BIO:The buffalo skin tipi was the usual house style of the Blackfoot as well as other nomadic Plains Indians. The women constructed and put up the tipi. Other duties of the women included dressing hides, making clothing, gathering, cooking, storing food, carrying food and water, and all work connected with packing and moving camp. Women owned the tipis, travois, household implements and the horses they rode.
BIO:The Blackfoot were primarily buffalo hunters, but supplemented their diet by gathering wild foods such as turnips, potatoes, onions, cherries, plumbs and berries. Meat and plant foods were usually dried and stored. Pemmican was made of dried, pounded meat mixed with dried berries or chokecherries and stored in skin bags. They also hunted or trapped deer, elk or antelope, but buffalo was the preferred game, providing them also with food, shelter, clothing, tools and utensils.
BIO:Decorative art included quill work and beadwork, usually applied to clothing. Women wore a long one-piece skin dress belted at the waist. Men wore skin shirts, leggings and moccasins.
Ref: Clan Munro files - Munro, Henry Dallas - GEDCOM file HMUNRO.GED dated 9
The following account is extracted from "Montana Its Story and Biography" Vol. III; Tom Stout, editor; copyright 1921; p. 1438. Since this narrative says Sinopah was 92 years old, it must have been written about 1880-1890.
The romance in the life of the aged lady, known to her tribe as the Fox woman, but to her white neighbors as Mrs. Mary Monroe, reads like a novel, but it is true, and the fact that she and her husband lived very happily together after consummating their love affair, is also authentic.
Coming to the tribe of Blackfoot Indians a youth of eighteen years as a representative of the great Hudson Bay Company, Hugh Monroe, a Frenchman, was hampered in his dealings on account of his fear of them which grew out of his not understanding them or their methods of doing business.
While trying to negotiate with them for the purchase of their furs, he happened to see the daughter of the chief, known to her people as the Fox woman, and a love which never died was kindled in his breast, but he was not permitted to speak with her, nor could he tell if he had made a favorable impression upon her, for the little Indian maiden modestly dropped her eyes and ran away.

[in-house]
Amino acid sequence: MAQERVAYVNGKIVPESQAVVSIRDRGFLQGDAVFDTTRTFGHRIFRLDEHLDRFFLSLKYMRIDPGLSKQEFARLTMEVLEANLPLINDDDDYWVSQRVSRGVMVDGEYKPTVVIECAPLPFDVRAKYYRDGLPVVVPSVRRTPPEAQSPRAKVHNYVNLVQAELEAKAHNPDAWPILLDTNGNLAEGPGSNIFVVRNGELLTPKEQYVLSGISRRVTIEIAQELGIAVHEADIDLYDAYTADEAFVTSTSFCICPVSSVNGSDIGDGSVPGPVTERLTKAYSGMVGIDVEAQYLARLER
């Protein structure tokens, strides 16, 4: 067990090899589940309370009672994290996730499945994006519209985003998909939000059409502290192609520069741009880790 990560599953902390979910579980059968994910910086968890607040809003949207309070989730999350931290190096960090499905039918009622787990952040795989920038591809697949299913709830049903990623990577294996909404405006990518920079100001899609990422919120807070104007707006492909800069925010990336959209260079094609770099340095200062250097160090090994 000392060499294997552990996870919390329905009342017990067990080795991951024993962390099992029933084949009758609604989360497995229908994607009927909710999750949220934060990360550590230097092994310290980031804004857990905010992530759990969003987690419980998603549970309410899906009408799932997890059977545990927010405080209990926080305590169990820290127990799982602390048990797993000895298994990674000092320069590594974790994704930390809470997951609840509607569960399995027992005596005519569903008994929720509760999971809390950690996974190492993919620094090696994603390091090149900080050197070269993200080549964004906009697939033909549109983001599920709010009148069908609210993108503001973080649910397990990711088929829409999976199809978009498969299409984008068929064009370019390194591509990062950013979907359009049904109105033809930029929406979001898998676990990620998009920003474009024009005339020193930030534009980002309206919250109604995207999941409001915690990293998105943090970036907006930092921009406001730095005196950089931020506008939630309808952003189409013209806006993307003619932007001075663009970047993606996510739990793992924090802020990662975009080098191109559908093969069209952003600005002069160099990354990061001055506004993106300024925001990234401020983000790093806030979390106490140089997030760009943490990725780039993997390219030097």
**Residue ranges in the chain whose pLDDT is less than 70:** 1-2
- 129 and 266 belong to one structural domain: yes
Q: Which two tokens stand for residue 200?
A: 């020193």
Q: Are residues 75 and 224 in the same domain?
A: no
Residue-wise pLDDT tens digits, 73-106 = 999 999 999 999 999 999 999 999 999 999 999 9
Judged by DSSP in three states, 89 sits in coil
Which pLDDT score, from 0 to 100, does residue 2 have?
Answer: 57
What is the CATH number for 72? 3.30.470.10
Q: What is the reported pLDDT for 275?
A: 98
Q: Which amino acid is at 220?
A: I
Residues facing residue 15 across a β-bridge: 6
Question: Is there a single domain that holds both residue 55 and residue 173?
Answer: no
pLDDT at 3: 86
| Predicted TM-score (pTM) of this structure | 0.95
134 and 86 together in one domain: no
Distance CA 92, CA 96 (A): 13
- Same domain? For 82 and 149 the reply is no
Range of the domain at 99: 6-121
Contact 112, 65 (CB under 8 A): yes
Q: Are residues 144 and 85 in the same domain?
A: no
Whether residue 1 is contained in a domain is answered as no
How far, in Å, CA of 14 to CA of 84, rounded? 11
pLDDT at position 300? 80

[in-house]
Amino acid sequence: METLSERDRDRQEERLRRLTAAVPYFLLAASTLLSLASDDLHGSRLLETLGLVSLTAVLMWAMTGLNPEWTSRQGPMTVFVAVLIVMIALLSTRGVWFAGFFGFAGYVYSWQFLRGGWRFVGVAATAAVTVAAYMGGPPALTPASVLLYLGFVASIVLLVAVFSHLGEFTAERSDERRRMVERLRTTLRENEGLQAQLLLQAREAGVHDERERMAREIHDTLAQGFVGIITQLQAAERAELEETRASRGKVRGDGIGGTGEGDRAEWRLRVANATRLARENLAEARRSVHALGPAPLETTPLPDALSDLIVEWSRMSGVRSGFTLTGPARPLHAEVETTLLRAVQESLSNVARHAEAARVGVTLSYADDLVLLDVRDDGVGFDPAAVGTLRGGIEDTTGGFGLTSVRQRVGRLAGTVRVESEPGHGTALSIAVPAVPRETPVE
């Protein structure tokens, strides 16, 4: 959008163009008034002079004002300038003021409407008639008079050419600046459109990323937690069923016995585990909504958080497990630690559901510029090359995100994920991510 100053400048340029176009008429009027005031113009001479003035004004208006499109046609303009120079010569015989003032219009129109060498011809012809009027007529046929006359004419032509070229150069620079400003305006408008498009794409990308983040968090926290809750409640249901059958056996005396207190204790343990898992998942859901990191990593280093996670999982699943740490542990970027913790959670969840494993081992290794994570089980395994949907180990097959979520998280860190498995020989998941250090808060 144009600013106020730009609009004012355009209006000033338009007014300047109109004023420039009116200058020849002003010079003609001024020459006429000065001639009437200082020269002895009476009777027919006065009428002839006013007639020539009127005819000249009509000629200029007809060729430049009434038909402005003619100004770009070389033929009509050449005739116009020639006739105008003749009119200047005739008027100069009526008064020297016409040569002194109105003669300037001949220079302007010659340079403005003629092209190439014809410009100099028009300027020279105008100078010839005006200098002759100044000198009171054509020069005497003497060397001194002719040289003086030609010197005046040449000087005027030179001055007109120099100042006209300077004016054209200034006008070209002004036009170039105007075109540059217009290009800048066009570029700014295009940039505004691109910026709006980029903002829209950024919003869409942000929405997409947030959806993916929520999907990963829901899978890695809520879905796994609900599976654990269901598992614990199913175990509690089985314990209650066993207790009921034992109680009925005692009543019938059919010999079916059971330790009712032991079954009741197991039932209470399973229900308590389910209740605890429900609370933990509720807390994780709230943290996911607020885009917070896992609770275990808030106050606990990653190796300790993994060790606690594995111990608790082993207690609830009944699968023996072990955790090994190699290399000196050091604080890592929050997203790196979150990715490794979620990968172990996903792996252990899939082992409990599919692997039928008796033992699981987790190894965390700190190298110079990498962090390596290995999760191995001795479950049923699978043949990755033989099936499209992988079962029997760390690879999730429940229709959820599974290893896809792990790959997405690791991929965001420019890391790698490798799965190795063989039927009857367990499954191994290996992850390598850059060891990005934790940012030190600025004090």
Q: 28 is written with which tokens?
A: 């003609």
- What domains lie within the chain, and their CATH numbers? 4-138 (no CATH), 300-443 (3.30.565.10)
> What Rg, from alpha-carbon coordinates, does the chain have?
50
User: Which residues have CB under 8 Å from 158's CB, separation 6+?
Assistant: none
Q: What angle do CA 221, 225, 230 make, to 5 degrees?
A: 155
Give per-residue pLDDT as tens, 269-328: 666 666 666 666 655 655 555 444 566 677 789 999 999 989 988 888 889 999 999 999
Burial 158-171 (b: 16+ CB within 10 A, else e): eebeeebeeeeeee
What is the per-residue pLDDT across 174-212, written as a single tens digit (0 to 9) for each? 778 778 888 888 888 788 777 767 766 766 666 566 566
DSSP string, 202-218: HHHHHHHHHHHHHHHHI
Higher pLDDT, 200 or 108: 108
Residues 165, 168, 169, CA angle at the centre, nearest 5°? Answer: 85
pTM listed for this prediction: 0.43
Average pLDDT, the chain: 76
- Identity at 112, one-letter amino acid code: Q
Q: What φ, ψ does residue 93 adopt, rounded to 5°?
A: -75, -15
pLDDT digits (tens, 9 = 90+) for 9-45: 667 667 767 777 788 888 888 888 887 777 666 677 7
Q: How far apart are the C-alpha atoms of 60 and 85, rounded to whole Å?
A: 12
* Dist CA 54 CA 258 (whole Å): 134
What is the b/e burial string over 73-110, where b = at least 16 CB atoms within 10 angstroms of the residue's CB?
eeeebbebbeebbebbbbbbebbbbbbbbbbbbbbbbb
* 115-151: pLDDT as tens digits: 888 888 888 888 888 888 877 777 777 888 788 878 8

Rendered almost desperate through learning of the presence of another suitor who was a member of her tribe, Hugh Monroe sought some other means to recommend him to her father and in vain, until one day he saw the chief trying to light his pipe. Holding out his hand he motioned to the chief to let him have it, and the surrounding Indians thought that had sealed his fate, as the pipe was not for the hands of strangers.
Probably, however, the chief knew more of this young man's character than he had hitherto admitted, for to the surprise of all, he gave it to young Monroe and stolidly watched him. This was long before the days of matches, and travelers like young Monroe carried what was called a sun glass with them. By directing the sun's rays on the glass he was able to light the pipe, and after taking a puff of it to see that it was properly lighted, he handed it back to the chief. The latter uttered a cry which made the young man feel that his last hour had come, but which was merely a summons for his warriors with whom he held a conference, all of them smoking the pipe young Monroe had lighted.
As a result of this conference he was made a member of the tribe and the husband of the Indian princess. They were married according to Indian custom, the man raising his right hand in the presence of the chief and promising to remain with and care for the woman the rest of her life. He was furnished with a wigwam, richly supplied with furs, and the chief taking him to his band of horses told him to take what he wanted of them.
The confidence displayed in him was never regretted. He took his wife's name of Fox among the Indians as was their custom, and lived with the tribe the remainder of his life, learning their language and wearing their dress. He and his wife had ten children.
She survives him and is now ninety-two years old. Mrs. Monroe is cared for by her niece, Mrs. Maggie Fox, a daughter of Edward and Maggie (Monroe) Houseman. Mrs. Maggie Fox has two daughters and one son, namely: Edith D., Olive C., and Cecil. These children have been well educated and attended both the Government and public schools of Montana. The daughters have magnificent heads of hair reaching to their knees.
Mrs. Fox's mother was a very handsome French half-breed, who was also noted for the luxuriance of her hair. When sitting in a chair she could throw her hair over the back of the chair and it would reach to the floor in great waves.
Leonard Fox, husband of Mrs. Maggie Fox, was a veteran of the war between the North and South.
The Fox residence is at Glacier Park, where the family is engaged in ranching. Their neighborly kindness has made them a large circle of friends. 
- [S8] Clan Munro files - Redden, Virginia, Virginia Redden, Flathead County, Montana Biographies Forum - Mrs. Mary Monr oe (Reliability: 3).